Your Beer Temperature Storage Guide
We’ll start with the beers that taste best ice-cold and move into warmer climates (all discussed in terms of Fahrenheit, of course).
35 to 40 Degrees (Macros)
This is very cold—almost tongue-numbing. The only beers that you should keep on ice or in your food fridge are mass-market drinks like Bud and Coors. This also works for non-alcoholic beers, too. We’re not saying that you need to deaden your taste buds to drink these beers, but we’re not not saying that, either.
40 to 50 Degrees (Wheat Beers & Pilsners)
This is still noticeably cold, but it’s not icy. This temperature is for light-bodied wheat beers and German pilsners that are meant to go down easy. Cold temperatures also make sense for craft beers with fruit flavors—think summer specials. You could also chill a pale lager to this level, but be careful not to go too cold or you might flatten out the complexity.
45 to 50 Degrees (IPAs & Lagers)
IPAs of all nationalities belong in this temperature range. The colder the temperatures, the more bitterness you’ll taste, be careful. If you’re storing an extra-hoppy pale ale, you’ll want to serve it on the warm end of this range. (Of course, if you love the pucker, you can adjust to your own taste.) Many lagers do well in this range, too.
45 to 55 Degrees (Porters & Stouts)
Porters and stouts usually present a balanced flavor profile that blend the bitterness of hops with the sweetness of malt. These brown beers also tend to have a higher alcohol content, which means you can store and serve them at higher temperatures than an IPA — but they should be well under room temperature.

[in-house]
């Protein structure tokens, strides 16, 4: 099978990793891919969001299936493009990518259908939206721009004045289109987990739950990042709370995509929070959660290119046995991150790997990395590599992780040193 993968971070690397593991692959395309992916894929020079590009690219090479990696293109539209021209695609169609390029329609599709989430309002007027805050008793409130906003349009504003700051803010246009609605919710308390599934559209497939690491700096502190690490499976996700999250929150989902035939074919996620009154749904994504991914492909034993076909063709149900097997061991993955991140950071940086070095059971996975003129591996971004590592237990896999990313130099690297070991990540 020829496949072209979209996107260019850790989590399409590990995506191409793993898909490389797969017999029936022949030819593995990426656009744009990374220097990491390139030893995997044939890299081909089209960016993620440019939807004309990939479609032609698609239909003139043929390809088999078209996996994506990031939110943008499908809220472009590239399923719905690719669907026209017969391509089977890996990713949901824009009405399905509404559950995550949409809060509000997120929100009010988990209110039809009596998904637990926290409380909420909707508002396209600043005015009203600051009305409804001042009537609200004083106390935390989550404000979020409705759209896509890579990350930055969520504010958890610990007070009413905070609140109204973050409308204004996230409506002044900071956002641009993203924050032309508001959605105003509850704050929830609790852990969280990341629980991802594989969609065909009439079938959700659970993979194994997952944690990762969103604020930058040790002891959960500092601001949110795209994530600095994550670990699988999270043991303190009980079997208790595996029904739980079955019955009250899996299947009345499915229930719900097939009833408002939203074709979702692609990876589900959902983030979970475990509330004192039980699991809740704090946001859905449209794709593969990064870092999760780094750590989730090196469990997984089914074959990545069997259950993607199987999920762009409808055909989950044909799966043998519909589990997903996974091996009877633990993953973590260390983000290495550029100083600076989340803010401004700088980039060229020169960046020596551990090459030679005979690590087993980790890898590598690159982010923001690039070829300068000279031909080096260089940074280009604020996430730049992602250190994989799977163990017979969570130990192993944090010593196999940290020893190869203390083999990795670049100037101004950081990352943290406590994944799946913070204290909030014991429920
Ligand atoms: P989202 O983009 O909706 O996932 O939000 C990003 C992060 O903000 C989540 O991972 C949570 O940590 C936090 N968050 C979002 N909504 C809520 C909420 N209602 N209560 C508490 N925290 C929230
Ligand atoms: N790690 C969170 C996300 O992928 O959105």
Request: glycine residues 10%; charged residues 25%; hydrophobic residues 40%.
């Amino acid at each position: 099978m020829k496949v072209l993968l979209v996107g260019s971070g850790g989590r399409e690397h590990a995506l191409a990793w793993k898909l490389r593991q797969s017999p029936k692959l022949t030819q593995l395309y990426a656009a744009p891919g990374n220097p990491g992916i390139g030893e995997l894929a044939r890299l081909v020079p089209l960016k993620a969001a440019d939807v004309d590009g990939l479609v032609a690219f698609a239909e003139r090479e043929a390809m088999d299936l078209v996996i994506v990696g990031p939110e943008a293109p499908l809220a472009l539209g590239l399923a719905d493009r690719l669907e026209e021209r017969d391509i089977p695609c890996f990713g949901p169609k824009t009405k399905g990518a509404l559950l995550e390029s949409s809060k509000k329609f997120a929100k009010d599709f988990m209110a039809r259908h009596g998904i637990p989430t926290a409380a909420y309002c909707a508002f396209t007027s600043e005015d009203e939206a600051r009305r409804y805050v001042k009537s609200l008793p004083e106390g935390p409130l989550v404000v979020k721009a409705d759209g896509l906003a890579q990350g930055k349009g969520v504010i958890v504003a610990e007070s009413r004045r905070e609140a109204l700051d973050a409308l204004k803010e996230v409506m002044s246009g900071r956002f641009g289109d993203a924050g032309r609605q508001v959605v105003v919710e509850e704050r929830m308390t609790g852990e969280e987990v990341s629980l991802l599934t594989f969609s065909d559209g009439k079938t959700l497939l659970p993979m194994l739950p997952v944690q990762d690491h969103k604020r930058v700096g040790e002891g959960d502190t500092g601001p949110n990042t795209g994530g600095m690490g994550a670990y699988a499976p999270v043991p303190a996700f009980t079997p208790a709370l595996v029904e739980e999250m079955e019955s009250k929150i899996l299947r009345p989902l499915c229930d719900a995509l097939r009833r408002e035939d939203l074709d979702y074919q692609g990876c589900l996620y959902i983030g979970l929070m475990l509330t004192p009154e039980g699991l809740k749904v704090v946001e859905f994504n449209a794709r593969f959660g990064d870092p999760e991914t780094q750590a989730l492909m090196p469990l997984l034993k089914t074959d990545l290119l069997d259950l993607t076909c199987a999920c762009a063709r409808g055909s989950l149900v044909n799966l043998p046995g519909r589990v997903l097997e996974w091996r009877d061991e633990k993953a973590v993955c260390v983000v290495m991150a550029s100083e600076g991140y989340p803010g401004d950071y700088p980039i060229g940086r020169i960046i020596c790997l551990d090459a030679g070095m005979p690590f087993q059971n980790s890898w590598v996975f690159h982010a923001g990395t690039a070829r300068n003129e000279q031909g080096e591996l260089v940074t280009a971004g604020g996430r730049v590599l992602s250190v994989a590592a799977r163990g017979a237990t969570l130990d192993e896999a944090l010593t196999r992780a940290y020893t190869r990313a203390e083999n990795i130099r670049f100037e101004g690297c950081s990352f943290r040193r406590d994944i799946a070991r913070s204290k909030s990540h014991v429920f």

50 to 55 Degrees (Sours & Bocks)
As a rule of thumb, ales should be served warmer than lagers to allow all their complexity to come through on the palate. This includes sour ales and bocks. They have an even higher alcohol content and can therefore stand up to storage at 55 degrees without off-flavors.
55 to 60 Degrees (Barleywines & Strong Ales)
High-alcohol beers like strong ales, imperial stouts and barleywines can last for years without much chill—it’s what they were designed to do in the days before refrigeration. They are best served just slightly under room temperature.
A Few Notes
Did you notice that we’re not recommending any beer be stored or served at room temperature? That’s because, as modern people, we have pretty high expectations for comfort in the winter, and room temperature has crept up and up over the years. You probably keep your living room at around 72 degrees—positively balmy conditions to the brewers of the Middle Ages or even a century ago. For this reason, it’s no longer accurate to say that a beer is best stored or served at room temperature, unless you live in an igloo. Keep your beers chilled to an old-fashioned beer cellar temperature—it’s usually about 50 degrees year-round underground—and you’ll be much closer to the mark.
It’s also good to remember that your beer will warm up gradually as it sits in the glass. To allow for a longer sipping session, it makes sense to pour it on the colder end of your preferred range so you can enjoy it as it slowly warms. Real beer geeks will note the changes in flavor as this happens, and if you take notes, you can adjust your storage temperature to keep any beer at your preferred temperature—we call that the perfection point, and it’s definitely within your reach when you know what you’re doing.